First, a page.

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The Kibera School for Girls is the only tuition free school, located in the largest slum in Africa. KSG was started in 2009 by Shining Hope for Communities, serving 63 students pre-k through 2nd grade, with the goal of expanding the school every year. This coming year, we will be welcoming 40 new students into our pre-k class. Construction is under way to building a new school building, complete with 18 new classrooms. With the expansion to a new building, it is necessary to have more computers to fit the growing capacity. Currently the school only has 1 computer on the premises. Please help bridge the informational barrier and increase our students’ access to Internet and computer programs. Computers are one of the most valuable resources at any school, and becoming technologically connected is especially important in a place like Kibera, which can be so isolated from the rest of society. Give us the opportunity to enhance the educational experience of our students, old and new. These computers will also greatly benefit our staff of teachers, administrators, and volunteers; help us to expand with a new class into our new school building!


At our pilot site, Kenya’s Kibera slum, the UN estimates that as many as 1.5 million people live in the informal settlement. However, Kenya’s government does not formally acknowledge the slum’s existence. The government contends that Kibera’s residents are illegally squatting on government-owned land and thus refuses to provide any services or infrastructure to Kibera residents such as toilets, roads, hospitals, or schools. The lack of accessible resources or services hurts everyone, but leaves women devastated because men are in control of any existing resources.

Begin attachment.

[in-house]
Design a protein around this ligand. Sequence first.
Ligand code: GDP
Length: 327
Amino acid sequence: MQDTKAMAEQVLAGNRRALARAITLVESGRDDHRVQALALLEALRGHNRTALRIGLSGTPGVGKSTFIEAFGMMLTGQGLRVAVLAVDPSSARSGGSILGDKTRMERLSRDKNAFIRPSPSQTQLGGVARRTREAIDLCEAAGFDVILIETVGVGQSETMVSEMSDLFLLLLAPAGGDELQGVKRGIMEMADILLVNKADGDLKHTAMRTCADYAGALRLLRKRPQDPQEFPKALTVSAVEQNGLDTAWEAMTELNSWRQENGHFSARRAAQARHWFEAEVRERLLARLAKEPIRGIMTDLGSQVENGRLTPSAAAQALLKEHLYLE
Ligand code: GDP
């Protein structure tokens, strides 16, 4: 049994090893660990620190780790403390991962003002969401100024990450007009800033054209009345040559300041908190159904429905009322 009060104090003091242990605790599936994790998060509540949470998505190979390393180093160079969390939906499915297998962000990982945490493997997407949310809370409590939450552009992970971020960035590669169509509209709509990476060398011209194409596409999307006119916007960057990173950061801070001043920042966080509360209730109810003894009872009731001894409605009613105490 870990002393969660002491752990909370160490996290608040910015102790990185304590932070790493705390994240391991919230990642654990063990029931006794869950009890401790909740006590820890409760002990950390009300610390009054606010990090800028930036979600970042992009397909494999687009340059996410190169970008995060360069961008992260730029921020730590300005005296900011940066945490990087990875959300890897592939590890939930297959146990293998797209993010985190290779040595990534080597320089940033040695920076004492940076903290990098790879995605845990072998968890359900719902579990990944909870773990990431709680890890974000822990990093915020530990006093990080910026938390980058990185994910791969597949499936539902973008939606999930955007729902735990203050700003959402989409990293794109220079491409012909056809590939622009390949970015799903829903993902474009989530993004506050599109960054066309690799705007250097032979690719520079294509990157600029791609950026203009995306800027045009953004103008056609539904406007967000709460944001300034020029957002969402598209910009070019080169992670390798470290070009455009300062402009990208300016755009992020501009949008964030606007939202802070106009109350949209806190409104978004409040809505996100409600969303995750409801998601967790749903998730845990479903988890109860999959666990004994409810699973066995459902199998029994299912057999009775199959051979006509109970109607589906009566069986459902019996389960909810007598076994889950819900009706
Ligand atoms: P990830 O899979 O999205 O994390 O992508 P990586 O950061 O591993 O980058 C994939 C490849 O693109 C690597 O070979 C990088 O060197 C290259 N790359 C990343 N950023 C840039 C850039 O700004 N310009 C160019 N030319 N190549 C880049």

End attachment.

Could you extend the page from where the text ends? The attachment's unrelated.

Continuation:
Kennedy Odede is the co-founder and Executive Director of Shining Hope for Communities. Kennedy lived in the Kibera slum of Nairobi, Kenya for 23 of his 25 years. There, he saw the bleak prospects for women first-hand. Kennedy’s father abused his mother, Jane, and kept the family hungry, spending what little money they had on alcohol. Subsequently, Jane taught Kennedy about gender equality. The eldest in a family of eight, Kennedy sold peanuts on the road starting at age seven to put himself and his siblings through school. Despite his efforts, two of Kennedy’s sister's had to drop out after becoming teenage mothers—one impregnated as the result of a gang rape. After seeing many women’s lives crushed like those of his mother and sisters’, Kennedy dreamed of finding a way to change the position of women in his society.

The first time Kennedy had extra money—20 cents in 2005—he bought a soccer ball and started the first youth group in Kibera founded and run by slum residents. He ran this group for 4 years with no funding. Through his faith in people’s abilities to change their own lives, he expanded this group into one of the largest organizations in the slum, working with 3,000+ people on AIDS
education, female empowerment, microfinance, sanitation, and community health work. Because of this work, Kennedy is often called the “mayor of Kibera.” Kennedy combines his intimate understanding of Kibera’s daily challenges with the skills he is gaining through an education at Wesleyan University. As one of very few people from Kibera to attend an accredited four-year college, Kennedy knows what it takes to get out of poverty, and what is needed to transform his community.